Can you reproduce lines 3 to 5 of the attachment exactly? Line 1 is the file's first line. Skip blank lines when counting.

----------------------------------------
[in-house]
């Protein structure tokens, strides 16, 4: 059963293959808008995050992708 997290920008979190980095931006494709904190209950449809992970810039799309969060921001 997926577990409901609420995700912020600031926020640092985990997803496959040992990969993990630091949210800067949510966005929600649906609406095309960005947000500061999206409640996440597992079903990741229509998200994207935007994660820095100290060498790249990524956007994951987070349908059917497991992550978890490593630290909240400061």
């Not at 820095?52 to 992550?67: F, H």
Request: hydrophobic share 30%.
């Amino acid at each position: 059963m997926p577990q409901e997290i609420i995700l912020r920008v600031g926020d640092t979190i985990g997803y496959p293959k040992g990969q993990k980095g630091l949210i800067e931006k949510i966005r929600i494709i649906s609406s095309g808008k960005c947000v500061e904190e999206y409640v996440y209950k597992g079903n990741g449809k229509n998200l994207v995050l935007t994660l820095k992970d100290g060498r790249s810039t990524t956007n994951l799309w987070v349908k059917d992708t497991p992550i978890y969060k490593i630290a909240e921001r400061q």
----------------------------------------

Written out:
């Not at 820095?52 to 992550?67: F, H």
Request: hydrophobic share 30%.
């Amino acid at each position: 059963m997926p577990q409901e997290i609420i995700l912020r920008v600031g926020d640092t979190i985990g997803y496959p293959k040992g990969q993990k980095g630091l949210i800067e931006k949510i966005r929600i494709i649906s609406s095309g808008k960005c947000v500061e904190e999206y409640v996440y209950k597992g079903n990741g449809k229509n998200l994207v995050l935007t994660l820095k992970d100290g060498r790249s810039t990524t956007n994951l799309w987070v349908k059917d992708t497991p992550i978890y969060k490593i630290a909240e921001r400061q």